May 26, 2012 | Registered CommenterMarcie

    Show and Tell. You have me thinking of so many things. Anticipation of what else you are going to share with us. Thinking of what I would pack in a 'treasure bag.' Brainstorming -- wondering what a 'Show and Tell' area on Vision and Verb might look like. ;)

    May 26, 2012 | Unregistered CommenterSue

    I'm so glad that you showed your mother's little suitcase, I have such an affection for holders of special things ... baskets and boxes and bowls, etc.
    Larry and I do a show and tell most everyday, that's what we say when we want the other to come look at some art or photos in the making, such fun!
    And boy, do we understand about paying attention during hurricane season after we spent a few years living on the Florida coast ~ hopeing it's a gentle one this year and you won't have to be grabbing that case and your cat!

    May 26, 2012 | Unregistered CommenterSusan

    "show and tell..." OF COURSE!!! what a perfect title for all that we do here at v&v. loved the suitcase and the story.

    May 26, 2012 | Unregistered Commenterhoney

    What a wonderful sharing of your treasures. The suitcase itself brings such memories...of my charcoal grey Samsonite suitcase that was my high school graduation gift and is still filled with my "stuff" that I leave in Mexico for my next visit. (Did I tell you that I have a garden shed there?)

    Show and Tell had not arrived when I was in school, but I remember well the excitement of my children as they planned what would thrill or intrigue their fellow students. They probably had the same angst that I have now when I am wondering what I will share with you in my next post.

    Good one, Linda.

    May 26, 2012 | Unregistered CommenterMother

    What a beautiful post Linda! I have so many items from my grandparents, parents and my childhood that I will always treasure. I'm hoping you'll share some more in future posts...perhaps anything you may know about your great-great-great-grandfather's fife! Oh the images that I create in my mind thinking of him playing it in the Civil War. This is all so incredible! Thank you for such a wonderful wonderful post!

    Beautiful show and tell - and it reminded me of the show and tell times my daughter had in preschool and kindergarten. How we looked through her treasures until she decided what to take. Finding items that start with the letter of the week. These are lovely memories.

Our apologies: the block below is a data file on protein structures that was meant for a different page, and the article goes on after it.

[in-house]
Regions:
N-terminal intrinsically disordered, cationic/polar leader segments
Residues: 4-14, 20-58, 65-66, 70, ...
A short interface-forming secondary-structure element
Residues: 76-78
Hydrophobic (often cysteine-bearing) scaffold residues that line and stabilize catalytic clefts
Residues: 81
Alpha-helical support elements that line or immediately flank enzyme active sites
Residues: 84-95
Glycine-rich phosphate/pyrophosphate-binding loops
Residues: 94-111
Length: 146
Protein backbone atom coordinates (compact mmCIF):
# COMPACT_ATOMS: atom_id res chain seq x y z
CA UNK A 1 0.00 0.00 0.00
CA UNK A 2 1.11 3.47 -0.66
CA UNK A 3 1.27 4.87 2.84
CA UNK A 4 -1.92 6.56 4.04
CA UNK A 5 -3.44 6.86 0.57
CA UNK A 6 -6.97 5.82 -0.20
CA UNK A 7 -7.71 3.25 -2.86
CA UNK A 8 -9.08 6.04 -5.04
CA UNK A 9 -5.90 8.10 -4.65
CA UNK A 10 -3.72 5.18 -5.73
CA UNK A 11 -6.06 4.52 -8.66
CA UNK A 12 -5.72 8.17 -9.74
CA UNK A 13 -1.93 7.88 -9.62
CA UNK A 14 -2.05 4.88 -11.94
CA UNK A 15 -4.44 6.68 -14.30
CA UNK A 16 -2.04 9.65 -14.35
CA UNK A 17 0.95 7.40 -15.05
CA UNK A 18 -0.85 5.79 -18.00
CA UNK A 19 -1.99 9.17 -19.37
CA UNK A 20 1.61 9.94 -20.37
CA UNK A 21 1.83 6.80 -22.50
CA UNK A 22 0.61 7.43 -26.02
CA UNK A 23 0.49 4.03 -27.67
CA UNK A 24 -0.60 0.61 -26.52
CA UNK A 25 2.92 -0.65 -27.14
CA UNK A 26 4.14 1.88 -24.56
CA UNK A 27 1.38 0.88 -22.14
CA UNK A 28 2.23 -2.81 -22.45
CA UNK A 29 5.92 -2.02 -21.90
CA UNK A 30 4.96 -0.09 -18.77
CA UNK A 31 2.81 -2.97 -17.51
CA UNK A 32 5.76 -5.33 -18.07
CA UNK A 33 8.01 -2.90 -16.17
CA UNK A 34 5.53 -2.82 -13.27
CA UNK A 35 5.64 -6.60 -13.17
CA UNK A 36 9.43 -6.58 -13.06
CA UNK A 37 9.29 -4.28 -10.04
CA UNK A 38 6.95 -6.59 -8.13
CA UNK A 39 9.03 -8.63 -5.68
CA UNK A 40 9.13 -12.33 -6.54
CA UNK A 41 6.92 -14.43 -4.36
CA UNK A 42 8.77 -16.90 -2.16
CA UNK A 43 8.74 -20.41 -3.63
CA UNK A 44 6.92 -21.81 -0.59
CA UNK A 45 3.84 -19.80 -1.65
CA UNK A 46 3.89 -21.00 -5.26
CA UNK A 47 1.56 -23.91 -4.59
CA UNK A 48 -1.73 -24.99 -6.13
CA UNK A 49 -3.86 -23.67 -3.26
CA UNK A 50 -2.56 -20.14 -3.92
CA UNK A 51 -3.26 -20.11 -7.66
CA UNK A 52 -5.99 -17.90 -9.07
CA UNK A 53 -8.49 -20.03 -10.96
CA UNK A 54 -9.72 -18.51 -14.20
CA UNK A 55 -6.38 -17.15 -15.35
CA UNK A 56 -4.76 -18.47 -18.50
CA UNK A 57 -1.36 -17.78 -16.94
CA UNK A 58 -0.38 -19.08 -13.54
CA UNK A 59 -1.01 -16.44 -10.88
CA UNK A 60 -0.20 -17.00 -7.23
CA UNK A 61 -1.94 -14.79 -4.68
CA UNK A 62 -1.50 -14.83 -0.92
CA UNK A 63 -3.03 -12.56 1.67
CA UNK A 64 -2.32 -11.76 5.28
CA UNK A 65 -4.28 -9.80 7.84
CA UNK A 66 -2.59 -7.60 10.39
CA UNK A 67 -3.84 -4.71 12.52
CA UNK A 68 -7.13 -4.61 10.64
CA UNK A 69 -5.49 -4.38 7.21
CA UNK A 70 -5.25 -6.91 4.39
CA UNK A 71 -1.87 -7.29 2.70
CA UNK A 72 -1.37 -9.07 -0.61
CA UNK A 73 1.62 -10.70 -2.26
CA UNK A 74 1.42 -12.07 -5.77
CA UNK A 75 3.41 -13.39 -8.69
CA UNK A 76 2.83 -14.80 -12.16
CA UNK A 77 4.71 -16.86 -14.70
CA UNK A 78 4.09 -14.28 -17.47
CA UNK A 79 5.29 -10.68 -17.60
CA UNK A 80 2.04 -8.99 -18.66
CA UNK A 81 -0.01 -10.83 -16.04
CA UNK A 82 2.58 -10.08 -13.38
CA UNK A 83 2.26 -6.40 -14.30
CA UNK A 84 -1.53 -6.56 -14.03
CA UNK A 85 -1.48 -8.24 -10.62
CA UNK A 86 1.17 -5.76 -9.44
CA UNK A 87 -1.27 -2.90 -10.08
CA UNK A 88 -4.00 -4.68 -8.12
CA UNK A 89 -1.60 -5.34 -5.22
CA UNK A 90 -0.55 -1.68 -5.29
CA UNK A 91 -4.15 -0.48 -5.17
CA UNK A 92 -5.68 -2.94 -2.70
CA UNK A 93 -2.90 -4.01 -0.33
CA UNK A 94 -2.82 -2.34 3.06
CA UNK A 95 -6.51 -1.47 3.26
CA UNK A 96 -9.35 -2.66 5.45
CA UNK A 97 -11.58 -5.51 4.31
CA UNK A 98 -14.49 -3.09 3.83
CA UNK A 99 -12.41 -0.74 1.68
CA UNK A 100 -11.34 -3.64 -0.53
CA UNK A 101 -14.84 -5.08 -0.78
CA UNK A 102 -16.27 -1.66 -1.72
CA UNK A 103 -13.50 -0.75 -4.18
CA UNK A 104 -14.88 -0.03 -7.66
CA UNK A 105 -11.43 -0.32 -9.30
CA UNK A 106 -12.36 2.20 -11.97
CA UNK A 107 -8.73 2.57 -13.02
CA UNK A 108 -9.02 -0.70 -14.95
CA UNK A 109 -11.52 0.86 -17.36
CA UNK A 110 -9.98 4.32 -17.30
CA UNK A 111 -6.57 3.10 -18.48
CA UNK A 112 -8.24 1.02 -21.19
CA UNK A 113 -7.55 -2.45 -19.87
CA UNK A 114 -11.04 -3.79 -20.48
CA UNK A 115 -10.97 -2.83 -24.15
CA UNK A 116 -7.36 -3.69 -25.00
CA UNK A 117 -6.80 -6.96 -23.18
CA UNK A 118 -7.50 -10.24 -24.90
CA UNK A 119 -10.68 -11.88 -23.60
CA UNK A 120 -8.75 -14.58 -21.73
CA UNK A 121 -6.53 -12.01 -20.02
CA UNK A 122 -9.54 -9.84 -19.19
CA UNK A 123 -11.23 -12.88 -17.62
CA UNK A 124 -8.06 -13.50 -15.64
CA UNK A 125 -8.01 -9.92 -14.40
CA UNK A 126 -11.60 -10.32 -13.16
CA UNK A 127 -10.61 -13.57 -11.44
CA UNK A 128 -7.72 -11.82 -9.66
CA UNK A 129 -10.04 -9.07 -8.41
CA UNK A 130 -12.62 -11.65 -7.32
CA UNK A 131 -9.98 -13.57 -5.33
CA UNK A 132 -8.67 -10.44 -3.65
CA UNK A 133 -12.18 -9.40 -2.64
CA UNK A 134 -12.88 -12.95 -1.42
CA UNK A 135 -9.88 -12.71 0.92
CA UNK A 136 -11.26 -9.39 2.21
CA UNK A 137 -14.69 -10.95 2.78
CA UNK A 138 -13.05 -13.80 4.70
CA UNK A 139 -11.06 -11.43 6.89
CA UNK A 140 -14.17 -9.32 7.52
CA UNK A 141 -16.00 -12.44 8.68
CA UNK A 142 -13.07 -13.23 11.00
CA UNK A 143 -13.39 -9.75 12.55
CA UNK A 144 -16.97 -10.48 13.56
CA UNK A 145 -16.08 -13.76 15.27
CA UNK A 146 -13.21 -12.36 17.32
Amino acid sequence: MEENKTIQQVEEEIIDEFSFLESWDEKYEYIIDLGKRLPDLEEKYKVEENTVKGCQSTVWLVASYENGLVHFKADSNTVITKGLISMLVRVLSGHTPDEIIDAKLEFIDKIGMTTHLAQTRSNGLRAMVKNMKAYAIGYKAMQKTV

Your mother's suitcase and its contents is a real treasure chest. May you always keep it.

    May 26, 2012 | Unregistered CommenterCarola

    Ginnie ~ Sometimes when my mind works the night shift, it can come up with the most amazing connections. In his very good article "The Eureka Hunt", Jonah Lehrer makes the point that we sometimes focus too intently. The slantwise approach Emilly Dickinson recomended ("tell all the truth but tell it slant") can be far more effective in, for example, turning "vision and verb" into "show and tell".

    Marcie ~ Oh, I think Vision and Verb is just fine. It can contain showing and telling, but I'm not sure "Show and Tell" is quite grown-up enough for what happens here! Glad you enjoyed the post!

    Sue ~ The "treasure bag" really functions like an abandon ship bag. It needs to be ready at all times! That's why I always double check it and the other small bag with the important papers, phone numbers and such by June 1. And it is interesting to repack it every year. It's a good way to spend a little time remembering, and considering what's really important.

    Susan ~ "Show and tell" does stay with us - it's a real dynamic of life. Just last week, I finished painting the window frames on a lovely boat. I love varnishing, but hate painting (who knows what that's about?) In any event, they turned out beautifully, and as the dockmaster came walking along I grabbed him and said, "Come here and LOOK at this! I managed not to mess them up!" Show and tell.

    As for the hurricanes - I've adapted the old Chicago rule for dealing with them. I evacuate early and often. ;)

    Honey ~ I'm so glad you enjoyed it. Backpacks and smooshable carryons are fine, but there's still something about a suitcase that says, "I'm packed for real travel". And here's something else about that suitcase - it's never been on an airplane. It did all its traveling by train, and then by car. That's a little special, too.

    Mother ~ As soon as I read "Samsonite", I thought of the baby blue set I got for graduation - a large and small suitcase and what we called a "train case", the little one with a mirror and trays that allowed a lady to keep with her all the necessities for freshening up!